Tom

Alan

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Re: MOTOR FULL LOAD CURRENT
« Reply #3 on: July 30, 2018, 09:34:20 PM »
To be honest, I have never ran two locomotives uncoupled to see if they maintain spacing although Ring does just that on the promo video. I have not had unusual gear wear, coupler breakage, or anything of the sort that would indicate the locos aren't playing well together. My layout cannot be powered up at the moment (in the midst of fascia panel installation, lots of bare dangling wires) so I cannot test maintaining spacing of locos for you.

I don't believe you will damage anything regardless of stall current setting. Even if full track voltage with unlimited amperage supply was applied to the motor (DC mode) you would not damage it. It would just take off at 90 MPH! The LM has internal over current protection so you won't damage the module. It will simply shut down if overloaded. If greatly different stall current settings makes the locos run nicely together then I would do it that way.
 
Yes, I too have noticed the throttle position difference between single loco and multi-loco consists although it is a small difference. I have no explanation for why that is.

Curious, what stall current do your GP9s measure? 100mA is a big difference on a 300mA loco but a small difference on a 900mA loco.
Alan

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When I was a kid... no wait, I still do that. HO, 28x32, double deck, 1969, RailPro

KPack

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Re: MOTOR FULL LOAD CURRENT
« Reply #4 on: July 30, 2018, 09:59:16 PM »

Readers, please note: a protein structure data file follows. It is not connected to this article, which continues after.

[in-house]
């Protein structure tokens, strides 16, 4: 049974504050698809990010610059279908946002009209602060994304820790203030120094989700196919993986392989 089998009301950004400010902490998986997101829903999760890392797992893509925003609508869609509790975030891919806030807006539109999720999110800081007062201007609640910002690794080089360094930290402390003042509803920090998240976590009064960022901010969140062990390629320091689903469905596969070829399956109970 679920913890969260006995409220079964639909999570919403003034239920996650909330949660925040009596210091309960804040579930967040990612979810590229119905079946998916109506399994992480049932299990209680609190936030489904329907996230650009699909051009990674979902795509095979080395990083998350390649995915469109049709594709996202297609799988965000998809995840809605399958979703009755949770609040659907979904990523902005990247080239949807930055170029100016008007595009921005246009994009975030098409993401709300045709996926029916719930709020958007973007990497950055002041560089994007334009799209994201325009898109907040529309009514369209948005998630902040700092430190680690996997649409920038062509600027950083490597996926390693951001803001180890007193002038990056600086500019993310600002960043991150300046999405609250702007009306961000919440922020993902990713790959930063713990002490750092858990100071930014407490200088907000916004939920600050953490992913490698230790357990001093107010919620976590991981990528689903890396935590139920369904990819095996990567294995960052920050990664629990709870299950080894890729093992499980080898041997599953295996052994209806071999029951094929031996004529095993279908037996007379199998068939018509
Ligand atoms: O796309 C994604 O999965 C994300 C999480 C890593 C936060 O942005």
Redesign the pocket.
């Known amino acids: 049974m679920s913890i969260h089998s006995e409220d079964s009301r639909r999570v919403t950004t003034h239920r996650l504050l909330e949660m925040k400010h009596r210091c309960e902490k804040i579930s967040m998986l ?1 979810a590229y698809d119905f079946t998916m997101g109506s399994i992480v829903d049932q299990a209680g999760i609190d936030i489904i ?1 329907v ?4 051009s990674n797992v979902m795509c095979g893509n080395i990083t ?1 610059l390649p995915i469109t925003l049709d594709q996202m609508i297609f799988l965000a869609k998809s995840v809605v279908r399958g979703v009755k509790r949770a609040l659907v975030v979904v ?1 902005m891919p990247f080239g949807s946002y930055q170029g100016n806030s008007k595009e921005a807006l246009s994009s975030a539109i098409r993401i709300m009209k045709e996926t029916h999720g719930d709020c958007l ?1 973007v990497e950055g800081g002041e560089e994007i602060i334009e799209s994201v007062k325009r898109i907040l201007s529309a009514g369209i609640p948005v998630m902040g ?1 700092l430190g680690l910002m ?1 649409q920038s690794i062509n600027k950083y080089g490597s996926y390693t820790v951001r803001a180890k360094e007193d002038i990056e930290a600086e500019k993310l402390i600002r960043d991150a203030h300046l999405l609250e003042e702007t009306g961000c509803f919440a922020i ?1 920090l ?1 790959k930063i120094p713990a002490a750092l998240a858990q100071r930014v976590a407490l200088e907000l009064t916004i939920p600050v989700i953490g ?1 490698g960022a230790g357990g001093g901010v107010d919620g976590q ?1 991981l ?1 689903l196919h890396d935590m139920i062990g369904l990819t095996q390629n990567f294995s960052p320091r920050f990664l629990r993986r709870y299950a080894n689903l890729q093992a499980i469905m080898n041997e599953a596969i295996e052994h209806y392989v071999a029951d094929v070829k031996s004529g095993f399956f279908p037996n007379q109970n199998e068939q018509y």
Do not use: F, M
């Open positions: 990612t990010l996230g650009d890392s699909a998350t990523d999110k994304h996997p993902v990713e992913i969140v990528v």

Keep in mind that load sharing is not speed matching.  It is very likely that two locomotives will run at different speeds when uncoupled.  Think about it....the principle of load sharing is based on the locomotive modules detecting a load, and then distributing it across the consist.  If a lead locomotive isn't coupled to anything, then it detects no load, and therefore tells the following locomotives to contribute less to the overall pull.  So yes, the following locomotive will usually run much slower than the lead if they are uncoupled.  How much slower depends on the individual locos and their settings.

You'll notice that the effects of load sharing are much easier to see when pulling a longer/heavier train.  Try it and you'll see.

That being said, there have been a couple of locomotives I've built and installed Railpro in that I had to dial in the MFLC manually in order for them to play well.  These were frankenstein locomotives though....motors were not original and much work was done to the drivetrains. 

Also, going along with Alan's comments, I will typically run my MFLC settings three times on a new locomotive to get the most accurate one.  Does it really matter?  Probably not, but I do it anyways.  If you think about it, the MFLC will drop slightly after first time due to the wheels/rails getting mildly polished from the spinning.  Running the locomotive for a bit beforehand to warm up the motor and loosen the gears a bit may also make a difference.  It will likely be a small difference, but a difference nonetheless. 

Out of curiosity I have re-run the MFLC on locomotives that had it set years ago, and remarkably the values have largely been the same, maybe within 10 mAh of the original or right on.

-Kevin
« Last Edit: July 30, 2018, 10:02:04 PM by KPack »

Dean

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Re: MOTOR FULL LOAD CURRENT
« Reply #5 on: August 01, 2018, 09:09:59 AM »